Khalifa Awards are a lesson to all that children want to learn
A Dubai centre where disabled youngsters can learn how to make robots and a teacher who is getting his pupils excited about learning Arabic were among the winners in this year’s Khalifa Award for Education.
The award, now in its ninth year, singled out educators across the Arab world who go beyond the call of duty to promote knowledge and innovation.
Among them was Jamal Chahoud, a Grade One teacher in Arabic and Islamic studies at Al Bwadi Primary School in the capital.
Mr Chahoud was awarded for his work in making children feel excited about learning and perfecting their native tongue.
The secret to his success, he said, was simple – he added a little competition to his classes, and a prize.
At the end of each week, Mr Chahoud holds an Arabic reading contest, and the best performing pupil takes home the now much-coveted Arabic Language Knight Cup.
“This has encouraged the children to love Arabic and to make the parents get excited too when they take the cup home,” said the teacher, who holds a BA in Arabic language from the University of Aleppo, a doctorate in human resources and is a winner of the Sharjah Voluntary Work Award.
Developing a programme that enabled children with special needs to make robots helped make the Dubai Handicap Rehabilitation Centre an award winner.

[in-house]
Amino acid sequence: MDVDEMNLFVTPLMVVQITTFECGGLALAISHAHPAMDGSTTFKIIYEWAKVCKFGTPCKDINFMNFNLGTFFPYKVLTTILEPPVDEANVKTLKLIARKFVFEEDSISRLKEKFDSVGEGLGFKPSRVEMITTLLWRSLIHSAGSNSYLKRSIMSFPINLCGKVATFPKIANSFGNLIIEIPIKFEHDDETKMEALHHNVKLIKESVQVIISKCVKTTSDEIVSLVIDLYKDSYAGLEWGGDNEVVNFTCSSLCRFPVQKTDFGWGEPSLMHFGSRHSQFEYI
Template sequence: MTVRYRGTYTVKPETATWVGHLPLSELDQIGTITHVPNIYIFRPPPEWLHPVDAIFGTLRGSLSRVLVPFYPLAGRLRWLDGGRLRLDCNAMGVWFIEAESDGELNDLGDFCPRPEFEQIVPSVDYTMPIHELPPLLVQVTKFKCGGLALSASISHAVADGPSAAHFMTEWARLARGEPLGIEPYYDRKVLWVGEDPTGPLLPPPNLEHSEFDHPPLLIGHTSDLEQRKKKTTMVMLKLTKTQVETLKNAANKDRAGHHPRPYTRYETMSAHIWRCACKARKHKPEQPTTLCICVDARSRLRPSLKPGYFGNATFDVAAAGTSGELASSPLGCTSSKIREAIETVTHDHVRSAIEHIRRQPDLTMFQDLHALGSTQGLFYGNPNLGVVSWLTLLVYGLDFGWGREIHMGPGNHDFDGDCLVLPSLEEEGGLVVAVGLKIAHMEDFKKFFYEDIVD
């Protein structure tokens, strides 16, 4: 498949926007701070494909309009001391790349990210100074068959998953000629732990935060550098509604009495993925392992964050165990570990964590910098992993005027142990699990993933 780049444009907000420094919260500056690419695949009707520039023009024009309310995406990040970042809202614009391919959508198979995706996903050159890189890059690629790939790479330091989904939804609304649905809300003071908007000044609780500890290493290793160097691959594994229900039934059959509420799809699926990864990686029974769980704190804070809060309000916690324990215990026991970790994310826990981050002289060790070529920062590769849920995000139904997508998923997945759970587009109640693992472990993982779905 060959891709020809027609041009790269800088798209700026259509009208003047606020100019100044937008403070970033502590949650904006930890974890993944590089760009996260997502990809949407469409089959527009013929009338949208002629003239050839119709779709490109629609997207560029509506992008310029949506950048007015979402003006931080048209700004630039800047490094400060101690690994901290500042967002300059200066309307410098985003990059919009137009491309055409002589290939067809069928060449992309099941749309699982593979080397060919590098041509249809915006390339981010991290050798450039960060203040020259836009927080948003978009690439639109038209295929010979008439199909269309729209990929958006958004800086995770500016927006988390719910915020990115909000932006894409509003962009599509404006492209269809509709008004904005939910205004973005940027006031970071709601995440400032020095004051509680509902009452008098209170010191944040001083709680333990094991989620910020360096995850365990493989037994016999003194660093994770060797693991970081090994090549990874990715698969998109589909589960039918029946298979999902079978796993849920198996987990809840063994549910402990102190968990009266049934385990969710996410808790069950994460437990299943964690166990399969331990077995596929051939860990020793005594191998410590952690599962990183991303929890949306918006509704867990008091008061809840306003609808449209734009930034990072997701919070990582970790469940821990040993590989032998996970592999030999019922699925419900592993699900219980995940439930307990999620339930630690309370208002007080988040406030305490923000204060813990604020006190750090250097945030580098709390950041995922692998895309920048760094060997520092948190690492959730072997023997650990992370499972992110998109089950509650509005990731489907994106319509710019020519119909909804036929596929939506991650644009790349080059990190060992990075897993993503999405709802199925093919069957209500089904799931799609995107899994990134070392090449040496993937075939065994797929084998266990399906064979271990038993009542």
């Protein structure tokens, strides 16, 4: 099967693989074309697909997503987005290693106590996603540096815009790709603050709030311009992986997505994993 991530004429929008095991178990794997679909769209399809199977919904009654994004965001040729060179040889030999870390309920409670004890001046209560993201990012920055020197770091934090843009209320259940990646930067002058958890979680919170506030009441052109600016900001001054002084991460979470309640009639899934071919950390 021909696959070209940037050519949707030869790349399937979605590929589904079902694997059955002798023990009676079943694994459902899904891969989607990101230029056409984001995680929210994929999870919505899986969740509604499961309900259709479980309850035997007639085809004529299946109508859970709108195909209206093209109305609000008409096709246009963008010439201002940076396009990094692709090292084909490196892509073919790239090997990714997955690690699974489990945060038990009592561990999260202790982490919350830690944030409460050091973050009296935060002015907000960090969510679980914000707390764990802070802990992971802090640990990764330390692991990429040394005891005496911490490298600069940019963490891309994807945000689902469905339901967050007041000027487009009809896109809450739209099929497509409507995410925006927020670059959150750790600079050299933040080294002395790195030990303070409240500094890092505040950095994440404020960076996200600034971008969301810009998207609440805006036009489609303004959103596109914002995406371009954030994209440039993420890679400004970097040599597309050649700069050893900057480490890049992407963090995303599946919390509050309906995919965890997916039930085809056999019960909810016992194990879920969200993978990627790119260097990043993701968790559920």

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“This is the first initiative of its kind worldwide, and we are planning to register it as our own invention,” said Ayesha Al Darbi, the centre’s manager.
“We have many initiatives coming up in 2017, like a garden designed 100 per cent for special-needs students,” said Ms Al Darbi. “It will be established by Dubai Municipality. We are also building a sensory gym.”
The education personality of the year award was presented to Saeed bin Lootah for establishing many projects and businesses in the region since 1956.
These included the first construction company in Dubai, Lootah Construction Company, and the first Islamic bank in the world, Dubai Islamic Bank, in 1975.
Mr bin Lootah also established the Dubai Pharmacy College for Girls in 1992 and the Dubai Centre for Environmental Research.
Chosen from 600 nominees, the 37 individuals and institutions named winners at this year’s event were presented with their awards by Sheikh Mansour bin Zayed, Deputy Prime Minister and Minister of Presidential Affairs, and Sheikh Nahyan bin Mubarak, Minister of Culture, at Etihad Towers on Thursday.
“We in the UAE value education and place it at the top of our national priorities, care and support,” Sheikh Mansour said.
“We also provide the resources required to develop its content, improve the learning environment and support educators in light of the leadership’s belief in the core role that education plays in building the human being – the engine of development, bedrock of security, source of national treasures and our prime force towards a more prosperous, happier and pioneering future.”
Also among those honoured was Dr Ahmad Al Jefri, who was recognised for his work to improve the poor reading habits of children.
“It is our fault that children are not fond of reading, because we are not providing something interesting and imaginative for them,” said Dr Al Jefri, a haematologist and transfusion medicine consultant from Saudi Arabia who has written books for youngsters and is working on a project to explain to sick children their condition through storytelling.
Mohammed Khalil, 45, a teacher from Egypt, was praised for his work with special-needs pupils as well as youngsters excluded from schools. His efforts have grown into a programme spread across his home country’s east-coast region.